June 23, 2024

There is a problem with implementation

London. The face of London changed dramatically last summer. Where the lush green lawns used to give the city freshness, the lawns in the many parks have dried up and turned yellow. This was due to the heat wave which had gripped the city and large parts of England in its grip and was greatly exacerbated. It was more than 40 degrees. Experts agree: climate change is making the weather in Great Britain more extreme. The same can be expected for this year.

Read more after the announcement

Read more after the announcement

Indeed, the UK recognized the urgency of the climate crisis early on. As early as 2008, there was a broad consensus in the British Parliament on the “UK Climate Change Act”, the world’s first climate protection law with ambitious targets and an independent watchdog. In June 2019, the law was expanded to include the goal of climate neutrality by 2050. According to it, climate-damaging gases must be removed from the atmosphere as much as they are emitted. Former Prime Minister Theresa May said at the time that waiting was not an option.

Presiding over the 26th Climate Change Conference in Glasgow in 2021 has prompted former Conservative Prime Minister Boris Johnson to spell out how the country intends to reduce the UK’s carbon emissions. He portrayed Britain as a leader in protecting the planet. It should become the “Saudi Arabia of wind energy,” he said, and appealed to the international community in urgent terms: “It’s one minute to midnight and we must act now.”

Read more after the announcement

Climate protection beyond energy security

While the ideas of implementing targets on the island had not been very concrete until then, Russia’s attack on Ukraine in particular changed the position of the conservatives. Since then, energy security has replaced climate neutrality as the top priority, stresses Francis McGowan, professor of political science at the University of Sussex. “The government’s strategy envisages continued dependence on fossil fuels, albeit in a decreasing fashion over the coming decades.”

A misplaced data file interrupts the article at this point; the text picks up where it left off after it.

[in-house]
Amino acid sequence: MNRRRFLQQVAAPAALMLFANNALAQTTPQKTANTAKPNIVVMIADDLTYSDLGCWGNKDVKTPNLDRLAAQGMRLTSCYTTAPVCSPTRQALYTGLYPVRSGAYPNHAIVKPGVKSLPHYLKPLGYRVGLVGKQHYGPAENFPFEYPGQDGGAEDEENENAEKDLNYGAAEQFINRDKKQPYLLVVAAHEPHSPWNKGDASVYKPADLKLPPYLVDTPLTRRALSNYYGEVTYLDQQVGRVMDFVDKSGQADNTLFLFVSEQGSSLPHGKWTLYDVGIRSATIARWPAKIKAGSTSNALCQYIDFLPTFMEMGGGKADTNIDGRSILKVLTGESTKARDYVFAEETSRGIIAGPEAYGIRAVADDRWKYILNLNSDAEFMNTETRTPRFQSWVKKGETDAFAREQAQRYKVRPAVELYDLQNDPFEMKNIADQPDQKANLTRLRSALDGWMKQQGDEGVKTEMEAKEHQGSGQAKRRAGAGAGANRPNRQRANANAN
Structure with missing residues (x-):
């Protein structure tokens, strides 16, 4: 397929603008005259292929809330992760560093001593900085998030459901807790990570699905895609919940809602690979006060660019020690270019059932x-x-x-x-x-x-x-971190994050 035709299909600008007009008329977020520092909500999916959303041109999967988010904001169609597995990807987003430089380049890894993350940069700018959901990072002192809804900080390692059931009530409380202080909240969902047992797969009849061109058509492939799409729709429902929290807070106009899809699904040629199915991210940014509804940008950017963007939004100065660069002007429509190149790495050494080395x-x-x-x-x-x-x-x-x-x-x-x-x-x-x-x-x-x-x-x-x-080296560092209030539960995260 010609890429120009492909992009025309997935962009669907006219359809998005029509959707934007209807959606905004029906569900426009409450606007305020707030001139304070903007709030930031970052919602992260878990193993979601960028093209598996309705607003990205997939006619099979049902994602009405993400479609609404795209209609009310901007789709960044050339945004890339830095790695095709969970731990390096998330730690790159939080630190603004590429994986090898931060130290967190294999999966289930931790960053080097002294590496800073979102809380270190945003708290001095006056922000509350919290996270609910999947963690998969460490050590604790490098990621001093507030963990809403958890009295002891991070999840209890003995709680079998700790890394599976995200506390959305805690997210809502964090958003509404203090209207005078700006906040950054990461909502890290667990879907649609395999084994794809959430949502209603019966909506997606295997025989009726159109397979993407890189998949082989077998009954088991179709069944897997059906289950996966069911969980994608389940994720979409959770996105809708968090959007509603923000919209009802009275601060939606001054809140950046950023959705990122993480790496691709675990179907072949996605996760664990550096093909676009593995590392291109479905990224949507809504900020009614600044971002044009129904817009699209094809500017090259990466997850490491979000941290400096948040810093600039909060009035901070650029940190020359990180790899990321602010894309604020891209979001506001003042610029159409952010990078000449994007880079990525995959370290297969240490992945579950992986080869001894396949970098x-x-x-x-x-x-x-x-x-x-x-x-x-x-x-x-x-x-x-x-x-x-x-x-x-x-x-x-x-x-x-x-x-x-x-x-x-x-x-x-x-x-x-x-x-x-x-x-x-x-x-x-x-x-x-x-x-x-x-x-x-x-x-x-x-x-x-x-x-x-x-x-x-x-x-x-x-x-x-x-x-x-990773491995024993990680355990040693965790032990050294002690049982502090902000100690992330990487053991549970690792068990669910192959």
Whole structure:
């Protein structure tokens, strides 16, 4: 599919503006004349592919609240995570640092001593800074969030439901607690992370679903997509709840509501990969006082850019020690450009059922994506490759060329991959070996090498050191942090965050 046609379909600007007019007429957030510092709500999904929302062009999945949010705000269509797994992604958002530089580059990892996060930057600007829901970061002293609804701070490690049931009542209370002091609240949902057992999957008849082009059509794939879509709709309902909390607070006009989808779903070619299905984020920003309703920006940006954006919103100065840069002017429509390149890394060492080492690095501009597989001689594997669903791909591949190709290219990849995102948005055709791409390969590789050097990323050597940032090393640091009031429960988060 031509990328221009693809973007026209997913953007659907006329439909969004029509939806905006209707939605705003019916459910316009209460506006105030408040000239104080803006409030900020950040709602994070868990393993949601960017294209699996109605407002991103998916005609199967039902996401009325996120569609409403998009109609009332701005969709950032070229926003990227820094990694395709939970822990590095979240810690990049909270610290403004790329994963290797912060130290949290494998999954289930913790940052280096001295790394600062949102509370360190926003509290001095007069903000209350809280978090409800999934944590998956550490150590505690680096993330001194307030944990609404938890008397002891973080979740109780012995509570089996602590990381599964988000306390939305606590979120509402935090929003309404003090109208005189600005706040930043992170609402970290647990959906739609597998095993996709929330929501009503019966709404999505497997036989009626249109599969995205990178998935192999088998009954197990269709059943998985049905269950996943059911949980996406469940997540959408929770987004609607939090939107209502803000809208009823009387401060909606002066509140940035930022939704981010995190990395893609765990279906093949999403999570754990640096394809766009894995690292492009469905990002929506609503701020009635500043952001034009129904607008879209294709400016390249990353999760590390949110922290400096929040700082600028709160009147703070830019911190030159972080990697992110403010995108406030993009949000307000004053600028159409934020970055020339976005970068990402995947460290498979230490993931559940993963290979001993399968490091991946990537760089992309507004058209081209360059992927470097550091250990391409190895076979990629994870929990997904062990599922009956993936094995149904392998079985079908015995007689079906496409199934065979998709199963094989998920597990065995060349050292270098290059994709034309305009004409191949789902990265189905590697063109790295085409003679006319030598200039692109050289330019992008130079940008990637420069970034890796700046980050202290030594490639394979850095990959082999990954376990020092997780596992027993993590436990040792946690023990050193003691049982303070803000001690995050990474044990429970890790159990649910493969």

Heat Emergency in Great Britain: Burning in London

In southwest England, thermometers showed a new record high of 40 degrees Celsius, according to the UK’s Met Service.

Experts primarily criticize the fact that under the new Prime Minister Rishi Sunak, exploration and development of new oil and gas wells in the North Sea will continue to be approved. The Committee on Climate Change has emphasized that with current plans, net zero is unlikely to be achieved by 2050.

Since buildings in Great Britain are very old due to early industrialization, the country lags behind in terms of energy efficiency. “On average, homes lose heat three times faster than those in the rest of Europe,” explains Salvador Asha of Imperial College London. The government has launched programs to improve the balance sheet, but these offers are being accepted too little and too slowly, the Panel on Climate Change criticized in a report.

Read more after the announcement

However, prospects are better in some areas. According to experts, this is especially true of the goal set by former Prime Minister Boris Johnson, that all electricity should come from clean sources by 2035. All this is supported by wind energy. The British are the world leaders in offshore facilities at sea. The country operates the largest wind farm ever: Hornsea 2. In 2021, about 25 percent of the island’s electricity is generated this way.

So Great Britain continues to push forward with climate targets faster than many other countries. This applies, for example, to the transition to electric vehicles. From 2030, new cars and trucks powered exclusively by petrol and diesel will no longer be sold on the island. The Climate Action Tracker, which compares international actions and targets, recently rated UK climate policy as “almost adequate”. Germany is rated “inadequate”.